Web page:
Now that the 30 Excel Functions in 30 Days challenge has ended, it’s time to look at a few other features. On the Contextures page on Facebook, Lee suggested AutoFilters as a topic for some February posts. Thanks Lee!
Filters in Excel Tables
When you create an Excel Table in Excel 2007 or Excel 2010, autofilter arrows are automatically added to the heading cells. Most of the time, this is a welcome feature, and the arrows make it easy to sort and filter the columns.
You can even create more than one Excel table on a worksheet, and have a separate filter on each table. I use this feature occasionally, when creating small tables on a summary sheet. Just remember to stack the tables, instead of placing them side by side. That way, the filtered rows in one table won’t affect the others.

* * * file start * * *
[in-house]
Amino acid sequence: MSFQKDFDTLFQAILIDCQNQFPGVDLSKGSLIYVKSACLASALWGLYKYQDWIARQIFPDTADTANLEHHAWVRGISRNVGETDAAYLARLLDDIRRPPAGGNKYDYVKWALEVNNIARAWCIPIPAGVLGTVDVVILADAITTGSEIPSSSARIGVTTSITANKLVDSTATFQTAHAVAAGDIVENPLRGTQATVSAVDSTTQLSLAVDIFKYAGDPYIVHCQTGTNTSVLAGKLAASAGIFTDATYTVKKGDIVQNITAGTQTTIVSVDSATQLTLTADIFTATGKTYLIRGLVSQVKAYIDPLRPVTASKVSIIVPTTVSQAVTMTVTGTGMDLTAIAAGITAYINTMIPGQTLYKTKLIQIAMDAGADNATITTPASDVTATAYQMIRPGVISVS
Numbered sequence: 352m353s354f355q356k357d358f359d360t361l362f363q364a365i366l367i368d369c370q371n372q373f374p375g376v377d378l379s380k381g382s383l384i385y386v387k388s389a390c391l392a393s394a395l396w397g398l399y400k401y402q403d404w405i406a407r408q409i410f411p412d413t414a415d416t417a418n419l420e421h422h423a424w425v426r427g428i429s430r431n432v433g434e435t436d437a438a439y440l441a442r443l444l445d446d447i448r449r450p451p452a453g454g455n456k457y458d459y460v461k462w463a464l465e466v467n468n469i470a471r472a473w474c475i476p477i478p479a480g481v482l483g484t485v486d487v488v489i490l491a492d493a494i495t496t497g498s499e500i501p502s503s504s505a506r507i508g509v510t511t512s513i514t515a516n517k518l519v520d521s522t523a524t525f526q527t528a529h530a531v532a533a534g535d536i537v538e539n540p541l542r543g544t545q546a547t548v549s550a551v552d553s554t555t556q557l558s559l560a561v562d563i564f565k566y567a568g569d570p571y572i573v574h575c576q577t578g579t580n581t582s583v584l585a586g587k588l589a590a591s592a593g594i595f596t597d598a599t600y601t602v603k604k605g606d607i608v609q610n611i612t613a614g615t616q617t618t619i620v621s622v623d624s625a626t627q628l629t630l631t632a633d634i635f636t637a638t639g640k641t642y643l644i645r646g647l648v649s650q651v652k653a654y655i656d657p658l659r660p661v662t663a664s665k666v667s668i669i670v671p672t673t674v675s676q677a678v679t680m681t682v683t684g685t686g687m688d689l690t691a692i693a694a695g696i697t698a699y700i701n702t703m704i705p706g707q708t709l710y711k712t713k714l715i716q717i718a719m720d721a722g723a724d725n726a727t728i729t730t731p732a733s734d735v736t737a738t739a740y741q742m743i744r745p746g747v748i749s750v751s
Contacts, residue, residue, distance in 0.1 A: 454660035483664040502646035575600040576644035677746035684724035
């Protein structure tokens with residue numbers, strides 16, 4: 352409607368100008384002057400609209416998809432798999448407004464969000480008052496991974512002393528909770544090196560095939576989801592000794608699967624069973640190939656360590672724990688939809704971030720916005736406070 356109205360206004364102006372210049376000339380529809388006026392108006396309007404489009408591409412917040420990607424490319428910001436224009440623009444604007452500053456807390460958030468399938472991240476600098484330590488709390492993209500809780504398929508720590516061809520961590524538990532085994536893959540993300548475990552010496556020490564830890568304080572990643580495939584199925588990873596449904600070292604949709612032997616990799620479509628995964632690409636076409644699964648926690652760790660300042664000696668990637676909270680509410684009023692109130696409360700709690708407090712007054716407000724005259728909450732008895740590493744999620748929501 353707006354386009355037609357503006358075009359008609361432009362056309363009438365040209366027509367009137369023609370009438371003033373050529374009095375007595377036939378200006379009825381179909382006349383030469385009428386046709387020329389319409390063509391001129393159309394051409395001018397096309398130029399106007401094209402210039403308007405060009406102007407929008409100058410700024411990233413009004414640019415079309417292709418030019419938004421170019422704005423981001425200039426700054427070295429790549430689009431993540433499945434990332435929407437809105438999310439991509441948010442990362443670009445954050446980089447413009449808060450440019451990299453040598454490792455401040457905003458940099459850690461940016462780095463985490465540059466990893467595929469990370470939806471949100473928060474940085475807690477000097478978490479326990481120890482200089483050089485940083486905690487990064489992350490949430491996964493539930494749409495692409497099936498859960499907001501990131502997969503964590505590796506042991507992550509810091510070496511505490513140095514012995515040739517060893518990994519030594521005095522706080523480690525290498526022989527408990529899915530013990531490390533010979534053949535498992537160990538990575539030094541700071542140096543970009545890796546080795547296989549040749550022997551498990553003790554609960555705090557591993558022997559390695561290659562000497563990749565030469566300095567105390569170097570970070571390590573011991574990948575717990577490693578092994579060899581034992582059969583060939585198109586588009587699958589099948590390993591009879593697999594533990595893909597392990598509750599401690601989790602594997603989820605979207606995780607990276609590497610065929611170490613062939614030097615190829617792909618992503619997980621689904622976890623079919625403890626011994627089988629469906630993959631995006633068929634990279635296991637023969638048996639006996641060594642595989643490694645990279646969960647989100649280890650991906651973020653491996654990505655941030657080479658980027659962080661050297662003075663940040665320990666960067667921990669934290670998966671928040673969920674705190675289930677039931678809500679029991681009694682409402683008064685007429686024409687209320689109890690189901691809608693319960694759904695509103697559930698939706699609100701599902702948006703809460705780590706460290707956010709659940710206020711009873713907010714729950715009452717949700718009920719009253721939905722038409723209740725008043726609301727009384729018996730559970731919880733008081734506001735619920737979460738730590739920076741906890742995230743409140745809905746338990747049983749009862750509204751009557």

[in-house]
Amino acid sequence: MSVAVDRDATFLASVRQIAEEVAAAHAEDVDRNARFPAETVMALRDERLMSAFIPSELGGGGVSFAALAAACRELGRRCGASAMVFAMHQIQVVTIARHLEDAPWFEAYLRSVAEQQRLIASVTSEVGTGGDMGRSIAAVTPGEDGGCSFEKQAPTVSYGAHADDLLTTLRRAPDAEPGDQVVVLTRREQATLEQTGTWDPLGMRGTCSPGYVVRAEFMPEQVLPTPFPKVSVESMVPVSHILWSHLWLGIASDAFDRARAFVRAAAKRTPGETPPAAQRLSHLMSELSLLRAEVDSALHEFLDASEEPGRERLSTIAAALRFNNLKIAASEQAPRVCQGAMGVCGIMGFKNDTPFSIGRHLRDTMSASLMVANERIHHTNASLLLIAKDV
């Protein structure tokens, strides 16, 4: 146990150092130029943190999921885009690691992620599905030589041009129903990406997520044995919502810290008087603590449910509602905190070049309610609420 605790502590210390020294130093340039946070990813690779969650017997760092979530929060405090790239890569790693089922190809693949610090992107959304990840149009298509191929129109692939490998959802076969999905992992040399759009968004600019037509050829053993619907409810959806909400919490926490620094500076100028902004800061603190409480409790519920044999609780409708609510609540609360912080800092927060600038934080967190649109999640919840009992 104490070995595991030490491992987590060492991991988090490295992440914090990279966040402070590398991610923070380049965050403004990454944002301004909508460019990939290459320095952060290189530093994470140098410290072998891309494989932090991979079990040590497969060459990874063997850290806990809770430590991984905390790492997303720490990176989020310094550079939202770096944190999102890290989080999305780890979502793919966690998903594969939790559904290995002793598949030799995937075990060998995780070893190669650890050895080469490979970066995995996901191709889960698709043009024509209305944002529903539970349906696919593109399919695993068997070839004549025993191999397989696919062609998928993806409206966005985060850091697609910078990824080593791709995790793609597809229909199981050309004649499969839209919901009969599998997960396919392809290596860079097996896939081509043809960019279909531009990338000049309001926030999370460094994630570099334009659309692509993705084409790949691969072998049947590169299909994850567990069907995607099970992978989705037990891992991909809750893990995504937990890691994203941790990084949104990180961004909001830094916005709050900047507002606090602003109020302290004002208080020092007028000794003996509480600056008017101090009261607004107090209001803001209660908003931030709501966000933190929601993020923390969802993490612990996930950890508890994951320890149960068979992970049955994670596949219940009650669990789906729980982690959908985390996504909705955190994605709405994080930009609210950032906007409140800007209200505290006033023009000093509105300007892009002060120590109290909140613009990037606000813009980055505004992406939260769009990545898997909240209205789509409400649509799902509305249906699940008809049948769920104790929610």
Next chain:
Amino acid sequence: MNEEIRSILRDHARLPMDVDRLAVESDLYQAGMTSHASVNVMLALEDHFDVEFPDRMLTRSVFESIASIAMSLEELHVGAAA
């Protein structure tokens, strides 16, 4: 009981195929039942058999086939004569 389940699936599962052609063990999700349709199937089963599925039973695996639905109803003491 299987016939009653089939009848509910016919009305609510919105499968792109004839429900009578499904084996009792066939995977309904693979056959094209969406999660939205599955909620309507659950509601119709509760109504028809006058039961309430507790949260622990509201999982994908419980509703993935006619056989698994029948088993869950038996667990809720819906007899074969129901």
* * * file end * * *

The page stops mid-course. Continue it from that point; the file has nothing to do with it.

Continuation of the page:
Note: If you don’t use the Excel Table feature, you’re limited to a single AutoFilter (or Advanced Filter) per worksheet.
Turn Off the Automatic Filters
Sometimes, though, you don’t want to have those filter arrows available. For example, you might set up tables because they’re a quick and easy way to create a dynamic range. Or, maybe you like the pretty colours and automatic total row.
But, you don’t want to encourage users to filter the data — all the rows should always be visible. And you know those pesky users will click the arrows, if they’re temptingly available.
To turn off the filters:
- Select a cell in the Excel Table
- On the Ribbon’s Data tab, click the Filter command, to turn off the filter.
Keep the Excel Table Features
After you turn off the filters, the Excel Table is still recognized as a table, so you can continue to use all its other features. Even though the filter arrows are gone, you can add a Table Style, and show Banded Rows.
Or, create formulas that use structured referencing, instead of cell references.